• C. 

      Reasonable, inherently suspect, and grossly discriminatory.

    • D. 

      Reasonable, inherently suspect, and the intermediate standard.

    • E. 

      Suspect, inherently suspect, and the intermediate standard.

  • 33. 
    Equal protection of the laws...
    • A. 

      Is guaranteed in the original Constitution.

    • B. 

      Does not deny states treating classes of citizens differently if the classification is reasonable.

    • C. 

      Means that laws cannot establish different standards for the treatment of different groups.

    • D. 

      Means that states have to make their laws promote equality among persons.

    • E. 

      Provides rigid standard for constitutional interpretation.

  • 34. 
    Classification based on gender have been ruled to be ________ by the decisions of the Court in the past several years.
    • A. 

      Strictly unconstitutional

    • B. 

      Sexist

    • C. 

      Somewhere between inherently suspect and reasonable.

    • D. 

      Inherently suspect.

    • E. 

      Reasonable.

  • 35. 
    The __________ Amendment outlawed slavery in the United States.
    • A. 

      Thirteenth

    • B. 

      First

    • C. 

      Tenth

    • D. 

      Nineteenth

    • E. 

      Equal Rights

  • 36. 
    In the case of Plessy v. Ferguson....
    • A. 

      The principle of "separate but equal" was overturned.

    • B. 

      The principle of "separate but equal" was used to justify segregation.

    • C. 

      United State citizenship and all rights that go with it were granted to former slaves.

    • D. 

      School busing was allowed to remedy racial segregation.

    • E. 

      Housing discrimination was forbidden.

  • 37. 
    Jim Crow laws were those that....
    • A. 

      Were enacted by Southern Whites in the late nineteenth century to segregate African Americans from Whites.

    • B. 

      Sought to end segregation and bring the races into closer contact with one another.

    • C. 

      Established slavery and contract law regulating the slave trade.

    • D. 

      The North enforced in the South in the Reconstruction era following the Civil War, granting rights to former slaves.

    • E. 

      Justified slavery and set codes for slaves' behavior.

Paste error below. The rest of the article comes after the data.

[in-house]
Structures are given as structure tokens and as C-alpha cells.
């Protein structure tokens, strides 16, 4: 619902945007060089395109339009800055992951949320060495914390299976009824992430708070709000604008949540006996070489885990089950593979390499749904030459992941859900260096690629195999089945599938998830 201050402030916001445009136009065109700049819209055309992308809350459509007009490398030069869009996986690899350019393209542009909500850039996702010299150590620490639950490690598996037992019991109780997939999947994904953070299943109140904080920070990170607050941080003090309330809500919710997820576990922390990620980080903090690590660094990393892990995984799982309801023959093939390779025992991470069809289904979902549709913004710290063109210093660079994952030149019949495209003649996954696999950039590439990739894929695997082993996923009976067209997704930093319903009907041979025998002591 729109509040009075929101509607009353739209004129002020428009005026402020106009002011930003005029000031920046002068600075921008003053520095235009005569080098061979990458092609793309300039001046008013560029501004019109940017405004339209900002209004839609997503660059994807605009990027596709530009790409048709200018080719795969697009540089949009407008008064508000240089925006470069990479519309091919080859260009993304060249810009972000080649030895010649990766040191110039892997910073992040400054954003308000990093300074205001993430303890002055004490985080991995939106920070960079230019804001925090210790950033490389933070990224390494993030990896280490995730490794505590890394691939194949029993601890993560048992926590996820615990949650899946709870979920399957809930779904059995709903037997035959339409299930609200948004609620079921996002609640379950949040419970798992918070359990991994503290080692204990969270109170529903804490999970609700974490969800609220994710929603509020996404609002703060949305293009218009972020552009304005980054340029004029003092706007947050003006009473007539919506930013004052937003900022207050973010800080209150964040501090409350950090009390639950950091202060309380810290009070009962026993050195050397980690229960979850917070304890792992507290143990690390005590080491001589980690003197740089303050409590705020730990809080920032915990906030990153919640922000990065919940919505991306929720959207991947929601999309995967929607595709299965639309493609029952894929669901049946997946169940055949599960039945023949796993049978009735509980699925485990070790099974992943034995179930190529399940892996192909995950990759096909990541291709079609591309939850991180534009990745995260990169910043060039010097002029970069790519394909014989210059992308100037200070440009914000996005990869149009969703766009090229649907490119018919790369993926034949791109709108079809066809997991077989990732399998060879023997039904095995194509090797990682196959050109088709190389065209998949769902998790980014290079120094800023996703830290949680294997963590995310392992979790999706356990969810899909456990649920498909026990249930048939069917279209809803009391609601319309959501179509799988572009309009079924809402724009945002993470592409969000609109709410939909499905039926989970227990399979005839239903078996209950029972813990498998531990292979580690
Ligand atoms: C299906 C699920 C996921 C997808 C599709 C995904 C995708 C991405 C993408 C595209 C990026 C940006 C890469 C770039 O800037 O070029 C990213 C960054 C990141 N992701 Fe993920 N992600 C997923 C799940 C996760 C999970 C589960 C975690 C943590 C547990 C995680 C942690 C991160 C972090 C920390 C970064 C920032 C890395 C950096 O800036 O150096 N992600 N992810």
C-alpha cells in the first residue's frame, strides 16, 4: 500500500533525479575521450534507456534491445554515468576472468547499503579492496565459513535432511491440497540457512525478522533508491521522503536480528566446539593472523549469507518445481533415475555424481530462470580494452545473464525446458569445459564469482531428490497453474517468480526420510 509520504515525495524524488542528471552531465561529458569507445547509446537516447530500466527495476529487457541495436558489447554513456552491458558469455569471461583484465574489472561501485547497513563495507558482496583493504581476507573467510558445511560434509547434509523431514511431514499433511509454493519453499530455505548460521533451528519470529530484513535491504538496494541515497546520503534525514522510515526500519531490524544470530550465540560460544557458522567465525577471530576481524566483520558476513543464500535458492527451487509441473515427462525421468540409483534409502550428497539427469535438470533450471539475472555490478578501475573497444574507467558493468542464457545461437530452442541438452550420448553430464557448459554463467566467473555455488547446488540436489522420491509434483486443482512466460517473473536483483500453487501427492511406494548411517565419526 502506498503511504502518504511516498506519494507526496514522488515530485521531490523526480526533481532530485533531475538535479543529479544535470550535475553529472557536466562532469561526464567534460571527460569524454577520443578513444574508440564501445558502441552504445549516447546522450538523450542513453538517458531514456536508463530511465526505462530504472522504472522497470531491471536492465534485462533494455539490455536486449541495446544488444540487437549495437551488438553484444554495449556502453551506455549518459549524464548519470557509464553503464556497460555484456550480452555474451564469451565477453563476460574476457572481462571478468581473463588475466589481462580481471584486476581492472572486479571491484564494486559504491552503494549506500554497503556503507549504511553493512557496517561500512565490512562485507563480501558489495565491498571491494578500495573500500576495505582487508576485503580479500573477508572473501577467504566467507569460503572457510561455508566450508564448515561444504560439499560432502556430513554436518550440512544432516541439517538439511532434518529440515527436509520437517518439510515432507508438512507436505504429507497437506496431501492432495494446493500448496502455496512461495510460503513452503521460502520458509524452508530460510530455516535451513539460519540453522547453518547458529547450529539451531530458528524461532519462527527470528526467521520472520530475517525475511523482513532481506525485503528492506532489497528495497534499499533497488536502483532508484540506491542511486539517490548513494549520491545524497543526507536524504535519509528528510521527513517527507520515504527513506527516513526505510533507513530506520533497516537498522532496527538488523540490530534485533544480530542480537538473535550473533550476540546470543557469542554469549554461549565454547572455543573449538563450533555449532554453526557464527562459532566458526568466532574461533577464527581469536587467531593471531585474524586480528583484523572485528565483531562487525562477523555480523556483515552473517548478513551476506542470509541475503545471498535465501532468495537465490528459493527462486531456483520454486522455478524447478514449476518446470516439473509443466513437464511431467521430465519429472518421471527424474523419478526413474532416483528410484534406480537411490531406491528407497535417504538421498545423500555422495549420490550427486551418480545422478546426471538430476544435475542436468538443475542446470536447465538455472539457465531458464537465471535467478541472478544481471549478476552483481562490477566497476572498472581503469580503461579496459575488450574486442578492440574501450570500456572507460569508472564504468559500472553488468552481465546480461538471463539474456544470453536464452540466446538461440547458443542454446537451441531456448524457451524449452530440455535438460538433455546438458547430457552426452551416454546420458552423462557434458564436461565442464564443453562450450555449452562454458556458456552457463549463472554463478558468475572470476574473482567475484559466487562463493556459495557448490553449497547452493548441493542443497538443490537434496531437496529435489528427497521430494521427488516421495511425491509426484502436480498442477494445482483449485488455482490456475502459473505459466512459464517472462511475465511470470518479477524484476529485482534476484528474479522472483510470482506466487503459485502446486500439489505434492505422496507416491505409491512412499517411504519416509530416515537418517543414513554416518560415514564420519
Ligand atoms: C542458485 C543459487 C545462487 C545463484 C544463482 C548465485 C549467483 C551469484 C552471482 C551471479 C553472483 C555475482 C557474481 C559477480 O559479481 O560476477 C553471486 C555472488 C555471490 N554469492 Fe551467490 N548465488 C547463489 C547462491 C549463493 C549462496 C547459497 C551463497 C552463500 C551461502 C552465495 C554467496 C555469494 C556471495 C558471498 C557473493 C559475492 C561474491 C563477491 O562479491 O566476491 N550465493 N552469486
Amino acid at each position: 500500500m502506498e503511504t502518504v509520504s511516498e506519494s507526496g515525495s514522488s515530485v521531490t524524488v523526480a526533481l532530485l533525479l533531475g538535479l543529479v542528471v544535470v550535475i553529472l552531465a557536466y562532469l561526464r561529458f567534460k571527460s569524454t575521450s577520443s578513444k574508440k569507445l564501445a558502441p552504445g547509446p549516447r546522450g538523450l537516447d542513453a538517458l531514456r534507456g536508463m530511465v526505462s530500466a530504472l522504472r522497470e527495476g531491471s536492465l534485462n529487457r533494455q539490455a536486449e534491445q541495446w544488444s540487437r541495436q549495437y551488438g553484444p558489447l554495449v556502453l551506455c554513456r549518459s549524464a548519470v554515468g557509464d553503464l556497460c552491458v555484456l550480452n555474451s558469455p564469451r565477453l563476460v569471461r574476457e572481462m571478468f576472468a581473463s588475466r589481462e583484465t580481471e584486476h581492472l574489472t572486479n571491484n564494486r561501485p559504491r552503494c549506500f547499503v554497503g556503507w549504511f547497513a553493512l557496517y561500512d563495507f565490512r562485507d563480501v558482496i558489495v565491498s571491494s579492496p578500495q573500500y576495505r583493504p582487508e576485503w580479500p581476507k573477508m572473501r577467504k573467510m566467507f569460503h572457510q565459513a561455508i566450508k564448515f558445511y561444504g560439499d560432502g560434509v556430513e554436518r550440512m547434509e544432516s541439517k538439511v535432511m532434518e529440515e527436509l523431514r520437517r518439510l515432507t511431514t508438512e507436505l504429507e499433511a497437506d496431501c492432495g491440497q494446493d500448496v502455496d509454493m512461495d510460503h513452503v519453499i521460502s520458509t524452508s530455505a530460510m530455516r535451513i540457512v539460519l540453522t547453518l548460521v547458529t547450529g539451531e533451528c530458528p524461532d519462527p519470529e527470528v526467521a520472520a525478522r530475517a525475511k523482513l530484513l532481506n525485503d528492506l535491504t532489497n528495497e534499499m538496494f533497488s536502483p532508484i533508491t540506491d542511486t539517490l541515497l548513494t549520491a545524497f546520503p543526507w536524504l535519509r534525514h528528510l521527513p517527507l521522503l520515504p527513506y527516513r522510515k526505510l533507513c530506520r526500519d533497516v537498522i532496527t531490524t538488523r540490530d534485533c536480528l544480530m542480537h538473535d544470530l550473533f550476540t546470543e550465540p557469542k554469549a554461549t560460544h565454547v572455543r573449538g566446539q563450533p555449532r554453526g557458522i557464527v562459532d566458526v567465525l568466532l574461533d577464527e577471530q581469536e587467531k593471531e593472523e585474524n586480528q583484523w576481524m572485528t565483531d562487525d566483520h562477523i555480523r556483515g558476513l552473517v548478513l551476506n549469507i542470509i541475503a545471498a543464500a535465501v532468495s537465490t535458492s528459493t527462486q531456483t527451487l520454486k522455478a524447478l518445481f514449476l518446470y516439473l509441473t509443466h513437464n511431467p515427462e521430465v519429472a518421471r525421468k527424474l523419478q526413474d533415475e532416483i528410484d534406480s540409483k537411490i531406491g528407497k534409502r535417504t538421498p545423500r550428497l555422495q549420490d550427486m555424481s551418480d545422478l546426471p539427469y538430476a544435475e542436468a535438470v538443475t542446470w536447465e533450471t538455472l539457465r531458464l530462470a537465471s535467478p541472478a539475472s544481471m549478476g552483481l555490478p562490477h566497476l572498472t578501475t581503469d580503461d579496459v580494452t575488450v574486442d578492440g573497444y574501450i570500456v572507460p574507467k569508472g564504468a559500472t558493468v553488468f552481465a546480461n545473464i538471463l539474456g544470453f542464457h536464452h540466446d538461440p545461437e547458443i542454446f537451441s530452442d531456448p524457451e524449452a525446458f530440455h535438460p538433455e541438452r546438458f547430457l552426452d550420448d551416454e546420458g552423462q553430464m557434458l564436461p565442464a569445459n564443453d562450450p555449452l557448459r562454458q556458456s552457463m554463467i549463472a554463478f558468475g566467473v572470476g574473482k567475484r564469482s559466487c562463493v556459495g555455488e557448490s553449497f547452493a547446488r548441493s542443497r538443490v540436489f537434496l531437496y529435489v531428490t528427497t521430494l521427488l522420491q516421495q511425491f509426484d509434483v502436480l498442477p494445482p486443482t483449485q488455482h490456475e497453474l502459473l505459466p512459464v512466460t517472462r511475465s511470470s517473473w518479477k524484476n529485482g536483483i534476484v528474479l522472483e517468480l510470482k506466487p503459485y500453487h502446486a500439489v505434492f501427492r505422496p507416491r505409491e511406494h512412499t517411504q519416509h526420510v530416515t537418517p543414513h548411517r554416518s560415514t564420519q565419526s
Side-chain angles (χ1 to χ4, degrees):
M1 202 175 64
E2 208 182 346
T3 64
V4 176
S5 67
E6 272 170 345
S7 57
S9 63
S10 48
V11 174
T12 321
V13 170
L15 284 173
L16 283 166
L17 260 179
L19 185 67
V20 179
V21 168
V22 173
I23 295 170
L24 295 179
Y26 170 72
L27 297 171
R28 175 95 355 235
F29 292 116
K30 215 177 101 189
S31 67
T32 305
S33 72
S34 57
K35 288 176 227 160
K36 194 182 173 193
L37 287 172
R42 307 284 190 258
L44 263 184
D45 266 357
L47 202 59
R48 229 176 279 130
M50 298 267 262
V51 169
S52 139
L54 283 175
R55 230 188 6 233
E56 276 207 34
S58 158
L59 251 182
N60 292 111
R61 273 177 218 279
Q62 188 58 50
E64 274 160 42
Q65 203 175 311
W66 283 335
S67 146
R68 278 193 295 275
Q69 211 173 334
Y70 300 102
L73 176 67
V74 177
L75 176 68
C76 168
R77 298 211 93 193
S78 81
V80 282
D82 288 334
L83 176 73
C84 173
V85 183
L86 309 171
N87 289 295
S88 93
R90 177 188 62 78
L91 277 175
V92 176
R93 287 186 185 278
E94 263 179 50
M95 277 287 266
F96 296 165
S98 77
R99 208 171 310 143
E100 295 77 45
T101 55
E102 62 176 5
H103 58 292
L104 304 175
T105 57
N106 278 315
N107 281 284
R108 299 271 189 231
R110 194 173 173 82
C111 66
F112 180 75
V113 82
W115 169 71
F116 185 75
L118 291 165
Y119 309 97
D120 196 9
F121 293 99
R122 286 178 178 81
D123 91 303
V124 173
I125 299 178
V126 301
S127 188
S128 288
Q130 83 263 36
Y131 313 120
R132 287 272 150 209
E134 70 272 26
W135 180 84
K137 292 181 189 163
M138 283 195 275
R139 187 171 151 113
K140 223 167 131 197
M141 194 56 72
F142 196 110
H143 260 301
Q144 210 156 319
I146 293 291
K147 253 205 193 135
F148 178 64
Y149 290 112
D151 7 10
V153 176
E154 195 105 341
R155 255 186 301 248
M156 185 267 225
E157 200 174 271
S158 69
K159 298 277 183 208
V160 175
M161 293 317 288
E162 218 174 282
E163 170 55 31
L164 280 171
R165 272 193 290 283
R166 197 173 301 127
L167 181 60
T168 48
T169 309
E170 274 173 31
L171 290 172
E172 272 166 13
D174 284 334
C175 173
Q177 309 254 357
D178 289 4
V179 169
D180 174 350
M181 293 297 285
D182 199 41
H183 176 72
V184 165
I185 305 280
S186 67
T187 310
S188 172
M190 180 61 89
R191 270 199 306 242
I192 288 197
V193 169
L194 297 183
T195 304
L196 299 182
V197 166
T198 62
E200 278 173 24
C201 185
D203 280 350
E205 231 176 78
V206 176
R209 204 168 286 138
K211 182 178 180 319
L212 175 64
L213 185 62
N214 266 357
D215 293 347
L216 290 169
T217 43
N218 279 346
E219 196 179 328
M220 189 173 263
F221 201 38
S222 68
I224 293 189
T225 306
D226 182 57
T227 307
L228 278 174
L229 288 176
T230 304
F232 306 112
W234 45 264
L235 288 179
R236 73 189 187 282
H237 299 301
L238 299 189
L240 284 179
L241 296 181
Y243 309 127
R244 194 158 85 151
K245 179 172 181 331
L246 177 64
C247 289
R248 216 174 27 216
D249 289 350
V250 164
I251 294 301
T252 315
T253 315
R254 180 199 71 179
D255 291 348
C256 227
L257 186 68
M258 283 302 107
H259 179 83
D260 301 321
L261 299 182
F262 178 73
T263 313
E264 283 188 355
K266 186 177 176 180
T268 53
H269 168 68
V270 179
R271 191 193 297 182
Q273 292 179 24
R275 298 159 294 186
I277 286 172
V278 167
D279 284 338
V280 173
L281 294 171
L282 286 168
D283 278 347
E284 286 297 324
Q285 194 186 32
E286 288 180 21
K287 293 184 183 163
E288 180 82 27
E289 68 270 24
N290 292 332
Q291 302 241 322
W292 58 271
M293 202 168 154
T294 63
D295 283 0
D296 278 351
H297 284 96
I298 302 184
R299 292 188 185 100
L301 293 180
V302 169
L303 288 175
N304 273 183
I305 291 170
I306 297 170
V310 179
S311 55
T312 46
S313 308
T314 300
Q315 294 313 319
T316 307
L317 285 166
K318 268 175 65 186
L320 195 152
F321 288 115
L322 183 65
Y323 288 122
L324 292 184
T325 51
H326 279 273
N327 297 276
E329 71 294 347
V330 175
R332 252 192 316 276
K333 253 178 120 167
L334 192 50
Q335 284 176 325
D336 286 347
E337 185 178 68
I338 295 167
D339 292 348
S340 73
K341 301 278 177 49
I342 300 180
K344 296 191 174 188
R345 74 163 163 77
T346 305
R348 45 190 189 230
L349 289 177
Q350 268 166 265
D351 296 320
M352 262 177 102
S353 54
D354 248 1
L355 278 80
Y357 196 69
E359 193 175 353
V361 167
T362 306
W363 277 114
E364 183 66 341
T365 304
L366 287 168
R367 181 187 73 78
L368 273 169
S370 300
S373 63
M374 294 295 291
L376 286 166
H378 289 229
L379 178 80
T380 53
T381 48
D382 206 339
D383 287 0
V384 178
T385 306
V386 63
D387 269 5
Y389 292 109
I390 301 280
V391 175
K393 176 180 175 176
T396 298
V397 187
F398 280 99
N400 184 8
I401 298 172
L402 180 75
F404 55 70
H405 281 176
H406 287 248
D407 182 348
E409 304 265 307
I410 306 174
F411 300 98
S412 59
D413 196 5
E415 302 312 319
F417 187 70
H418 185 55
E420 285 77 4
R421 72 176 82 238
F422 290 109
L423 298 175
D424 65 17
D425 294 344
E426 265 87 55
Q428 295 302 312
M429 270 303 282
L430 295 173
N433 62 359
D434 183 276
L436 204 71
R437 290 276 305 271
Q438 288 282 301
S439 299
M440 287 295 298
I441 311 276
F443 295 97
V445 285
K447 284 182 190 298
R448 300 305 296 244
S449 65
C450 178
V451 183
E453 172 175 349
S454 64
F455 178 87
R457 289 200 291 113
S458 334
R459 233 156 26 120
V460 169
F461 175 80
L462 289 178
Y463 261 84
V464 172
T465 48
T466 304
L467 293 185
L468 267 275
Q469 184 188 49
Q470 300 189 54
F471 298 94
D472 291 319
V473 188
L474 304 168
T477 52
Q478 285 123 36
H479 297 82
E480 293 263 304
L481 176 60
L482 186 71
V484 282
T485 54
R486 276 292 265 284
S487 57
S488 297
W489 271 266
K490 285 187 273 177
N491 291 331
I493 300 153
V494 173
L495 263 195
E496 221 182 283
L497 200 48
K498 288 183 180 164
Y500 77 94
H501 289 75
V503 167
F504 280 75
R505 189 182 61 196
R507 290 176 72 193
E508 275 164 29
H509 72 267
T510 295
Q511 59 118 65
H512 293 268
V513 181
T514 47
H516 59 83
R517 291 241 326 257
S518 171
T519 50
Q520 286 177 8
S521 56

• 38. 
    In Brown v. Board of Education (1954), the Supreme Court...
    • A. 

      Enunciated the principle of separate but equal.

    • B. 

      Ordered the Topeka school district to spend more money on black schools.

    • C. 

      Ruled that school segregation was inherently unequal.

    • D. 

      Enunciated the principle of equal but separate.

    • E. 

      Justified slavery and set codes for slave's behavior.

  • 39. 
    De jure educational segregation occur....
    • A. 

      By the reality of neighborhood schools located in areas that happen to be racially segregated.

    • B. 

      From day-to-day depending on changing enrollments at a particular school.

    • C. 

      By law.

    • D. 

      By constitutional amendment.

    • E. 

      By forced school busing to integrate the races.

  • 40. 
    After Brown v. Board of Education (1954), school integration in the South,
    • A. 

      Was unaffected by the decision.

    • B. 

      Proceeded very slowly.

    • C. 

      Never changed.

    • D. 

      Ended abruptly.

    • E. 

      Was completed within three years.

  • 41. 
    In 1964, Congress prohibited federal aid to schools that remained segregated in the...
    • A. 

      No Child Left Behind Act

    • B. 

      Equality of Education Act

    • C. 

      Equal Opportunity Act

    • D. 

      National Education Act

    • E. 

      Civil Rights Act

  • 42. 
    The agency created by the 1964 Civil Rights Act and charged with monitoring and enforcing protections against job discrimination is the...
    • A. 

      Federal Trade Commission

    • B. 

      National Bar Association

    • C. 

      Equal Employment Opportunity Commission

    • D. 

      Voting Rights Commission

    • E. 

      Federal Communication Commission

  • 43. 
    Suffrage Refers to...
    • A. 

      The practice of de facto slavery rather than de jure slavery.

    • B.